Bascom Hardee presented a petition calling for a referendum to dissolve the municipality. Mayor J. A. Dixon advised that Hardee would have to pay the referendum costs.

June 1933:
H. E. Osteen brought suit for injunction against the town of Bronson in circuit court.

July 1933:
George Kemper requested the council to charge license fees for certain laundry trucks and meat trucks in sums sufficient to keep these certain trucks out. The council refused.

August 1933:
Walter Cribbs offered to cut weeds from all the streets in Bronson for $10, but the council decided to search for cheaper ways to have this done. The town tax levy was 10 mills.

January 1934:
Osteen's suit was to void the town's one-cent gas tax. The suit was dismissed at the cost of the plaintiff. The town clerk, Nadine L. Kirkland, was the wife of the school principal. She was orphaned as a child but managed to raise a younger brother and sister. Mrs. Kirkland later moved to High Springs.

October 1936:
Florida Power Corporation had foreclosed on the property of the Bronson Manufacturing Company. The town accepted the proposition of Mr. Kimble who offered the old well six and one-half acre at the old mill. The council was negotiating with F. E. Clayton, WPA field engineer, to get a municipal water system built, using a gravity storage tank and Mr. Kimble's large well. T. Frank McCall was a council member. He later served as treasurer.

January 1937:
Miss Carrie Cheely was tax collector. The intersection light near Moring's filling station and H. E. Osteen's station was generating static. Council had contemplated buying a water tank at Inglis. Mayor J. A. Dixon reported that this tank had rusted ouL They decided to fence the town of Bronson with a hog and cattle-proof fence. The town office was in the Dixon's Drugstore building.


21







September 1937:
R. B. Child was mayor. Council members were P. L. Fender, W. E. Rivers, and H. E. Osteen, L. M. Moring and registration officer, and Carrie Cheely was town clerk. The town office had been moved to The Levy County Journal building.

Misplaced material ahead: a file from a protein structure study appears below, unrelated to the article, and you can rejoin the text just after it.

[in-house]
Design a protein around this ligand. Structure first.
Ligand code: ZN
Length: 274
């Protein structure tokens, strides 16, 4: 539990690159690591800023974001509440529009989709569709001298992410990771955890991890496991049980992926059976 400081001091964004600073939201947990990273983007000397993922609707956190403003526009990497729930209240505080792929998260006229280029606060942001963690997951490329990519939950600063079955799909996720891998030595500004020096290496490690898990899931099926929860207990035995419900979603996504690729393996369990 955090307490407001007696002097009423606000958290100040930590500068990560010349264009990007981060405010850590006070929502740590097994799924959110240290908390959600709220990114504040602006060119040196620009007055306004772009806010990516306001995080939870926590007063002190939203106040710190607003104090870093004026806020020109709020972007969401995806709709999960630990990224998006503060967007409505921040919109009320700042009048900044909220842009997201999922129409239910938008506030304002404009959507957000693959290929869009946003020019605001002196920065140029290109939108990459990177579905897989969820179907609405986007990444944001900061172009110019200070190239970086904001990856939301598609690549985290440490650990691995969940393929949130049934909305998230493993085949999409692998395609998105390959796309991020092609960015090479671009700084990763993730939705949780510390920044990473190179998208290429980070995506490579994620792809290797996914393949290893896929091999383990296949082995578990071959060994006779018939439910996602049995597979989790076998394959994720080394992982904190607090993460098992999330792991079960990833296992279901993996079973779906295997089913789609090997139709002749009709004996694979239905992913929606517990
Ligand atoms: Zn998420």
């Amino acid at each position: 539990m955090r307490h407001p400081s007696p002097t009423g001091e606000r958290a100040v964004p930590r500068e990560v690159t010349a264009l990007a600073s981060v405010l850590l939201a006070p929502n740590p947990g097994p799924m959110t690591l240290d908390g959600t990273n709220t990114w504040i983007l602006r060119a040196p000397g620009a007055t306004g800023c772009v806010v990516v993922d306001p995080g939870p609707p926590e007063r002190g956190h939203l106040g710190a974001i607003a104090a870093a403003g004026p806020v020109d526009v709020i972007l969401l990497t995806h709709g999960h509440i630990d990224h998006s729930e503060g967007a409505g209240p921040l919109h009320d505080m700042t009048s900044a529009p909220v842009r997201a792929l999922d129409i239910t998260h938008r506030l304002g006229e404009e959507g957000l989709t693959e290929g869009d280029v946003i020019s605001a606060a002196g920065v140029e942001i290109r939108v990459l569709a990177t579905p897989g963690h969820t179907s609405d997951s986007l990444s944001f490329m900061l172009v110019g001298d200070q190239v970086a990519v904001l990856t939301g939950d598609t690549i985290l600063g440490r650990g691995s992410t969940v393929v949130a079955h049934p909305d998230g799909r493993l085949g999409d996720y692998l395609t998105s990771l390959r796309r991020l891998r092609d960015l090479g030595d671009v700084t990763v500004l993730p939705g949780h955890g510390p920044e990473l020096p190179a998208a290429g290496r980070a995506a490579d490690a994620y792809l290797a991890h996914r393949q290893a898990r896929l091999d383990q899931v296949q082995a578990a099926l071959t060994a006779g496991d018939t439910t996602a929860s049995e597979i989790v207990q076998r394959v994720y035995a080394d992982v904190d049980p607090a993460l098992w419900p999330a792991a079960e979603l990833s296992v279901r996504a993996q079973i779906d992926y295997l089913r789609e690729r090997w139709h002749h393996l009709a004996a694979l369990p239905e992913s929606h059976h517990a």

October 1939:
F. R. Coulter was a newly elected council member. The town water system project was dismissed for lack of an available elevated water tank.

August 1940:
Council member, Francis R. Coulter, had died.

September 1941:
Town office moved again. New location is Mayor Rivers' office.

November 1941:
Bronson tax levy went up to 12.5 mills.

February 1943:
Inez Bronson is town clerk.

September 1942:
Mrs. T. F. McCall and W. E. Duden are council members. Owen Giddens is town marshal.

November 1942:
G. T. Robbins is town marshal.

March 1943:
Town Clerk, Inez Bronson, joined the military.

August 1944:
The Suwannee Store is mentioned as located at the corner of North Main and Darden Avenue. On the council: Allen Campbell; George Hemingway; and Walter Duden. Long discussion held about acquiring a fire siren to be installed on the jail roof.

May 1946:
Wayne Duden and Harrell Hemingway were employed to operate a garbage pick-up business and to "dump the same into the clay hole on S. Pennsylvania Avenue."


December 1946:
The position of marshal was left vacant by the death of F. M. Faircloth. Lynn Williams was appointed.

January 1948:
Lynn Williams resigned as marshal.

September 1948:
John Williams elected mayor with 33 votes; Henry Beck got 25 votes and W. E. Rivers 29. Juanita Stephens was elected town clerk. She won over Helen Wilson. M. L. Martin elected to council and N. F. Ishie, Marshal.

October 1949:
Tax levy up to 15 mills.

November 1949:
Eric Brown is marshal.

June 1950:
Council meeting had heated discussion about the hog which had broken into Cowart's Store. The council advised that there was no ordinance prohibiting hogs from entering and burglarizing stores.

October 1950:
John Williams was mayor; Juanita Stephens was still clerk.

October 1951:
Shorty Cooper got one vote for tax assessor. Mariam Wasson was clerk. Ernest Stephens was county commissioner and Lint Moring was appointed chief of police.

November 1951:
Council members: G. B. Hemingway; W. A. Campbell; A. M. Moring; F. B. Marshburn; and W. E. Duden.

October 1953:
Willie Lee Green was town clerk. Council members were Dogan Cobb, M. D. Graham, and A. E. Mikell.


22











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A class at Bronson in 1931. Back row: Merle Dixon, Dorothy Faircloth, Maggie Lou Cowart, Lessie Hatcher, Gertrude Hendricks, Lynn Harris (M. Pete Jones), Mary Francis Lastinger, Genevive Barrett, Emma Edwards, Ruth Stokes and Bonnell Williams. Third Row: Jeanette Edwards, Irene Fender, Ruby Cowart, Grace Lastinger, Mrs. Bernice Osteen (teacher), John Dekle Kirkland (principal), Elizabeth Foxnier (teacher), Mildred Faircloth, Margie Osteen, and Opal Lewis. Second row: Shelton Cowart, Carlos Smith, Perry Lewis, Billy Albrittan, Paul Hendrix, Ercell Smith, Eric Brown, Clifton Griffin, and Fred Fender. Front Row: Leon Cowart, Theron Griffin, Woodrow Hendrix, Wilson Lastinger, Eustis Osteen, Carroll Gilbert, Min Ayers, and Ralph Rivers. Identification by Theron and Reba Griffin.